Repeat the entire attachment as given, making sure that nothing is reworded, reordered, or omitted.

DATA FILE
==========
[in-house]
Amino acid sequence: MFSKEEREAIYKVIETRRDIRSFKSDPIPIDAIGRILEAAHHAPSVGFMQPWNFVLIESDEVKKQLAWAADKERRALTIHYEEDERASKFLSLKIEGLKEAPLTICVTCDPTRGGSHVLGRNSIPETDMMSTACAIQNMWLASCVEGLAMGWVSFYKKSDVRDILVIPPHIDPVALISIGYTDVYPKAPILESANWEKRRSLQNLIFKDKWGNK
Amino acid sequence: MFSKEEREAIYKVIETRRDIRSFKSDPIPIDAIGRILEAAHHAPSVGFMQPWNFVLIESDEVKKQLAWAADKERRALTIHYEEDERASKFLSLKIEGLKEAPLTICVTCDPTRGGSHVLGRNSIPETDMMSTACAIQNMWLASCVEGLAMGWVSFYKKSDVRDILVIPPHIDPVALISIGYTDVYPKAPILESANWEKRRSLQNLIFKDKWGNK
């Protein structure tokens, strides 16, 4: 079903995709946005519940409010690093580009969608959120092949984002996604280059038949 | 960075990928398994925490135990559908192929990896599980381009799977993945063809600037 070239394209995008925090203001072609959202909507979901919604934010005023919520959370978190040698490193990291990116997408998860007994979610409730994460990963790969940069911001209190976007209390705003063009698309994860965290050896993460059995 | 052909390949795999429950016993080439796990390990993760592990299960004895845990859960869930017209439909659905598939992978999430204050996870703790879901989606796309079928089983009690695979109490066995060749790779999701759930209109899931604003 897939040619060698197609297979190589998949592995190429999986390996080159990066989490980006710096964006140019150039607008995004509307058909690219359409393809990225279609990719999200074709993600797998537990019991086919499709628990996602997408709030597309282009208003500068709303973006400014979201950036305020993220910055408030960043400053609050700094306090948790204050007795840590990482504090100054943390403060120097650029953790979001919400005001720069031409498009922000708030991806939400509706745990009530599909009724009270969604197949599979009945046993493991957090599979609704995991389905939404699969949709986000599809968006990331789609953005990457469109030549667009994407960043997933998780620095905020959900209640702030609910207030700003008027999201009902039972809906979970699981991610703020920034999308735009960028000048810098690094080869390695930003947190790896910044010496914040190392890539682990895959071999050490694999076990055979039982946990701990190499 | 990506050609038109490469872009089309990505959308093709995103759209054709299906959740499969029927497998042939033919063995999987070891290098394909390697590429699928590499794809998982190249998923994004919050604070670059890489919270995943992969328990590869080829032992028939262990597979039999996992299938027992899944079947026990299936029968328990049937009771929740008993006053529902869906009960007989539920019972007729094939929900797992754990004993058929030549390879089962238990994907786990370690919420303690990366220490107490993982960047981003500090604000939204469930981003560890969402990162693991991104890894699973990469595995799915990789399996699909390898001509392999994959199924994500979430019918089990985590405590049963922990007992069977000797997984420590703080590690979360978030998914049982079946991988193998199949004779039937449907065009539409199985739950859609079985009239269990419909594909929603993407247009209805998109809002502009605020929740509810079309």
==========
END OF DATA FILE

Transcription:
[in-house]
Amino acid sequence: MFSKEEREAIYKVIETRRDIRSFKSDPIPIDAIGRILEAAHHAPSVGFMQPWNFVLIESDEVKKQLAWAADKERRALTIHYEEDERASKFLSLKIEGLKEAPLTICVTCDPTRGGSHVLGRNSIPETDMMSTACAIQNMWLASCVEGLAMGWVSFYKKSDVRDILVIPPHIDPVALISIGYTDVYPKAPILESANWEKRRSLQNLIFKDKWGNK
Amino acid sequence: MFSKEEREAIYKVIETRRDIRSFKSDPIPIDAIGRILEAAHHAPSVGFMQPWNFVLIESDEVKKQLAWAADKERRALTIHYEEDERASKFLSLKIEGLKEAPLTICVTCDPTRGGSHVLGRNSIPETDMMSTACAIQNMWLASCVEGLAMGWVSFYKKSDVRDILVIPPHIDPVALISIGYTDVYPKAPILESANWEKRRSLQNLIFKDKWGNK
């Protein structure tokens, strides 16, 4: 079903995709946005519940409010690093580009969608959120092949984002996604280059038949 | 960075990928398994925490135990559908192929990896599980381009799977993945063809600037 070239394209995008925090203001072609959202909507979901919604934010005023919520959370978190040698490193990291990116997408998860007994979610409730994460990963790969940069911001209190976007209390705003063009698309994860965290050896993460059995 | 052909390949795999429950016993080439796990390990993760592990299960004895845990859960869930017209439909659905598939992978999430204050996870703790879901989606796309079928089983009690695979109490066995060749790779999701759930209109899931604003 897939040619060698197609297979190589998949592995190429999986390996080159990066989490980006710096964006140019150039607008995004509307058909690219359409393809990225279609990719999200074709993600797998537990019991086919499709628990996602997408709030597309282009208003500068709303973006400014979201950036305020993220910055408030960043400053609050700094306090948790204050007795840590990482504090100054943390403060120097650029953790979001919400005001720069031409498009922000708030991806939400509706745990009530599909009724009270969604197949599979009945046993493991957090599979609704995991389905939404699969949709986000599809968006990331789609953005990457469109030549667009994407960043997933998780620095905020959900209640702030609910207030700003008027999201009902039972809906979970699981991610703020920034999308735009960028000048810098690094080869390695930003947190790896910044010496914040190392890539682990895959071999050490694999076990055979039982946990701990190499 | 990506050609038109490469872009089309990505959308093709995103759209054709299906959740499969029927497998042939033919063995999987070891290098394909390697590429699928590499794809998982190249998923994004919050604070670059890489919270995943992969328990590869080829032992028939262990597979039999996992299938027992899944079947026990299936029968328990049937009771929740008993006053529902869906009960007989539920019972007729094939929900797992754990004993058929030549390879089962238990994907786990370690919420303690990366220490107490993982960047981003500090604000939204469930981003560890969402990162693991991104890894699973990469595995799915990789399996699909390898001509392999994959199924994500979430019918089990985590405590049963922990007992069977000797997984420590703080590690979360978030998914049982079946991988193998199949004779039937449907065009539409199985739950859609079985009239269990419909594909929603993407247009209805998109809002502009605020929740509810079309």